Contact: Leela Ripton
Future Science Group

Public Release: 29-Apr-2015
Science Translational Medicine
New therapy from naïve cells attacks high-risk viruses in cord blood transplant patients
Researchers in the Center for Cell and Gene Therapy at Baylor College of Medicine, Houston Methodist and the Texas Children's Hospital have expanded the use of virus-specific cell therapy in cord blood transplant patients to successfully prevent three of the most problematic post-transplant viruses affecting this group of patients that have yet to be addressed clinically -- cytomegalovirus, Epstein-Barr virus, and adenovirus.

Contact: Glenna Vickers
Baylor College of Medicine

Public Release: 29-Apr-2015
Combined chemotherapy and immunotherapy shows promise for advanced prostate cancers
Researchers at the University of California, San Diego School of Medicine report that blocking or removing immune-suppressing cells allows a special type of chemotherapy -- and the immune cells it activates -- to destroy prostate tumors. This novel combination therapy, termed chemoimmunotherapy, achieved near complete remission in mouse models of advanced prostate cancer. The study is published April 29 in Nature.
National Institutes of Health, California Institute for Regenerative Medicine, German Research Foundation, Genome Research-Austria and Cancer Research Institute

Contact: Heather Buschman
University of California - San Diego

Public Release: 29-Apr-2015
Preventive gynecology special issue honors memory of deceased pioneer
The special issue, 'Prevention of gynecological cancers: in memory of Mario Sideri,' consists of nine articles centered around Dr. Sideri's favored research topic. Dr. Sideri was one of the first doctors in the world to identify the connection between the human papillomavirus and cervical cancer.

Contact: Audrey Nailor

Public Release: 29-Apr-2015
Nature Cell Biology
UTSW scientists identify key receptors behind development of acute myeloid leukemia
UT Southwestern Medical Center scientists have discovered that a certain class of receptors that inhibit immune response are crucial for the development of acute myeloid leukemia, the most common acute leukemia affecting adults.
National Institutes for Health, Leukemia & Lymphoma Society, March of Dimes Foundation, Robert A. Welch Foundation, When Everyone Survives Foundation, V Foundation for Cancer Research, William Lawrence and Blanche Hughes Fund, and others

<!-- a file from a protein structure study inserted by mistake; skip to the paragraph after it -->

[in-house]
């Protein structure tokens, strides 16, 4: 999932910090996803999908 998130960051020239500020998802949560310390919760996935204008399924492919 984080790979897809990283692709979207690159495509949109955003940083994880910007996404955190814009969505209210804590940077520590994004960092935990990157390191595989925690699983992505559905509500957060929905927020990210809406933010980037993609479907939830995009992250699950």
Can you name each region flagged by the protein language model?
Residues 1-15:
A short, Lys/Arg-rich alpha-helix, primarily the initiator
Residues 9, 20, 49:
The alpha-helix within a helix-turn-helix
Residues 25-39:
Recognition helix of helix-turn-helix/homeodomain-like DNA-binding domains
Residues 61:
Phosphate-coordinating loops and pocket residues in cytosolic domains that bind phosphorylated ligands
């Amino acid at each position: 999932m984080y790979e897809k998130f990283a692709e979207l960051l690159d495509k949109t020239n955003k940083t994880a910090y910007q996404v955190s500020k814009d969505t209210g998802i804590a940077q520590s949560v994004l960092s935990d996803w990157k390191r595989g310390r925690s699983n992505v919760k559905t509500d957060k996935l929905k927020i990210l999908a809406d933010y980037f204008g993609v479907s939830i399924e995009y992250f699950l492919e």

Contact: Lori Sundeen Soderbergh
UT Southwestern Medical Center

Public Release: 29-Apr-2015
Nature Communications
Uncovering new functions of a gene implicated in cancer growth opens new therapeutic possibilities
Weill Cornell Medical College researchers have shown for the first time that a gene previously implicated in blood vessel formation during embryonic development and tumor growth also induces immune suppression during tumor development. This finding, published April 29 in Nature Communications, opens the door for new therapeutic approaches and vaccine development in treating patients with melanoma and other advanced-staged cancers.

Contact: Jen Gundersen
Weill Cornell Medical College

Public Release: 29-Apr-2015
Journal of Adolescent and Young Adult Oncology
Breast cancer in young women -- unique goals for treatment and research
Breast cancer that occurs in young women is likely to be more aggressive and to require more intensive types of therapy with increased risk of long-term treatment-related toxicities. The unique and significant challenges and psychosocial concerns that women under 40 years of age with breast cancer face are discussed in a special article published in Journal of Adolescent and Young Adult Oncology.

Contact: Vicki Cohn
Mary Ann Liebert, Inc./Genetic Engineering News

Public Release: 29-Apr-2015
Nature Communications
University of Louisville researchers detail role of silica and lung cancer
Researchers at the University of Louisville have detailed a critical connection associated with a major environmental cause of silicosis and a form of lung cancer. Their study is reported in today's Nature Communications.

Contact: Gary Mans
University of Louisville

Public Release: 29-Apr-2015
Journal of National Cancer Institute
Danish discovery may change cancer treatment
Danish researchers from the University of Copenhagen and Herlev Hospital have made a discovery that may change the principles for treating certain types of cancer.

Contact: Stig Bojesen
University of Copenhagen - The Faculty of Health and Medical Sciences

Showing releases 176-200 out of 1317.